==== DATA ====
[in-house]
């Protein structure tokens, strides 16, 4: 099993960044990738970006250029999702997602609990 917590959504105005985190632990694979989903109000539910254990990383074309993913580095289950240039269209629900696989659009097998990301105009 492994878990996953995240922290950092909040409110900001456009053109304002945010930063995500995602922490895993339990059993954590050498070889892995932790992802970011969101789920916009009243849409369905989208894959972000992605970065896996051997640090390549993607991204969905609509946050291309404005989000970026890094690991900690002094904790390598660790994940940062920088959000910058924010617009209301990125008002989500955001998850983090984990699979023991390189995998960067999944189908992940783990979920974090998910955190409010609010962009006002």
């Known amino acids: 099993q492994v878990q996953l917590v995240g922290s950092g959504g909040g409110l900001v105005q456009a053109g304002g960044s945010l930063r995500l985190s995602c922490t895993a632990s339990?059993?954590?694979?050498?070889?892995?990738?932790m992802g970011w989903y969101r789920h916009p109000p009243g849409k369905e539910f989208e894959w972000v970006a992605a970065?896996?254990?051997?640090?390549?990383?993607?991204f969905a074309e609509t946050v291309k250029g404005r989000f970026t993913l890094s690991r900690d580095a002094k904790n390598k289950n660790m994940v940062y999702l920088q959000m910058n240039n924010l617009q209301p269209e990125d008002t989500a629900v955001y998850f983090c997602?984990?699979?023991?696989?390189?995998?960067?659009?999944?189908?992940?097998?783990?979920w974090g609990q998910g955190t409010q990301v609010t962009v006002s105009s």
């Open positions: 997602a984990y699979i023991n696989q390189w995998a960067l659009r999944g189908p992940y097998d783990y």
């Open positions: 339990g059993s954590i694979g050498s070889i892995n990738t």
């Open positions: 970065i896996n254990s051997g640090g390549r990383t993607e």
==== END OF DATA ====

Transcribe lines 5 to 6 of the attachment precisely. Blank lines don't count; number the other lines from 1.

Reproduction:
């Open positions: 339990g059993s954590i694979g050498s070889i892995n990738t």
């Open positions: 970065i896996n254990s051997g640090g390549r990383t993607e």